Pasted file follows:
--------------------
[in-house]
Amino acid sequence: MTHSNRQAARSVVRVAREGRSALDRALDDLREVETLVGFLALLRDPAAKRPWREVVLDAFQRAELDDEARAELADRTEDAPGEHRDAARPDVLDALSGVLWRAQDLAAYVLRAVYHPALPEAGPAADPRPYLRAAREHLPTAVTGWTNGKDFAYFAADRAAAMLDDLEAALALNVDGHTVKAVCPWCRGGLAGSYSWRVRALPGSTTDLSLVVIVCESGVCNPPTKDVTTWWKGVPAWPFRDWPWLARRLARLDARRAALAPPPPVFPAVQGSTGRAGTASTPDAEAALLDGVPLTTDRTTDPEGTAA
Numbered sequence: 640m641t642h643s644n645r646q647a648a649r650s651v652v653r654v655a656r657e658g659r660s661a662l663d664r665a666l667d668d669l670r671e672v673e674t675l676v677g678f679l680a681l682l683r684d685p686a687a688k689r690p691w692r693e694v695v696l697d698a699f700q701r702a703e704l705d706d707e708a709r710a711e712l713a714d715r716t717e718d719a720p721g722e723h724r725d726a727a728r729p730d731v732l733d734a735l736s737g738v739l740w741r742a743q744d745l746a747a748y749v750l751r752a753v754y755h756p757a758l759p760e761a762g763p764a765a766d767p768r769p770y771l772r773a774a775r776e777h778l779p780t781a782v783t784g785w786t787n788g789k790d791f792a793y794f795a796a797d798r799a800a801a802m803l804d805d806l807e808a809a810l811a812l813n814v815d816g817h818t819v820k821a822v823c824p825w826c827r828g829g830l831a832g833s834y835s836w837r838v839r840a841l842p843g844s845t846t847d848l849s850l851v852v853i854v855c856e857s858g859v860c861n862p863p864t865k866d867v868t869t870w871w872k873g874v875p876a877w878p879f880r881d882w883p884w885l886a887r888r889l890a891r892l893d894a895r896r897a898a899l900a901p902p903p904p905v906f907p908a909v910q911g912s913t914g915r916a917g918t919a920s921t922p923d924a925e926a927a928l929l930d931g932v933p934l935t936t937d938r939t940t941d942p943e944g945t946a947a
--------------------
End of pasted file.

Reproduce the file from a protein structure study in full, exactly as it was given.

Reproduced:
[in-house]
Amino acid sequence: MTHSNRQAARSVVRVAREGRSALDRALDDLREVETLVGFLALLRDPAAKRPWREVVLDAFQRAELDDEARAELADRTEDAPGEHRDAARPDVLDALSGVLWRAQDLAAYVLRAVYHPALPEAGPAADPRPYLRAAREHLPTAVTGWTNGKDFAYFAADRAAAMLDDLEAALALNVDGHTVKAVCPWCRGGLAGSYSWRVRALPGSTTDLSLVVIVCESGVCNPPTKDVTTWWKGVPAWPFRDWPWLARRLARLDARRAALAPPPPVFPAVQGSTGRAGTASTPDAEAALLDGVPLTTDRTTDPEGTAA
Numbered sequence: 640m641t642h643s644n645r646q647a648a649r650s651v652v653r654v655a656r657e658g659r660s661a662l663d664r665a666l667d668d669l670r671e672v673e674t675l676v677g678f679l680a681l682l683r684d685p686a687a688k689r690p691w692r693e694v695v696l697d698a699f700q701r702a703e704l705d706d707e708a709r710a711e712l713a714d715r716t717e718d719a720p721g722e723h724r725d726a727a728r729p730d731v732l733d734a735l736s737g738v739l740w741r742a743q744d745l746a747a748y749v750l751r752a753v754y755h756p757a758l759p760e761a762g763p764a765a766d767p768r769p770y771l772r773a774a775r776e777h778l779p780t781a782v783t784g785w786t787n788g789k790d791f792a793y794f795a796a797d798r799a800a801a802m803l804d805d806l807e808a809a810l811a812l813n814v815d816g817h818t819v820k821a822v823c824p825w826c827r828g829g830l831a832g833s834y835s836w837r838v839r840a841l842p843g844s845t846t847d848l849s850l851v852v853i854v855c856e857s858g859v860c861n862p863p864t865k866d867v868t869t870w871w872k873g874v875p876a877w878p879f880r881d882w883p884w885l886a887r888r889l890a891r892l893d894a895r896r897a898a899l900a901p902p903p904p905v906f907p908a909v910q911g912s913t914g915r916a917g918t919a920s921t922p923d924a925e926a927a928l929l930d931g932v933p934l935t936t937d938r939t940t941d942p943e944g945t946a947a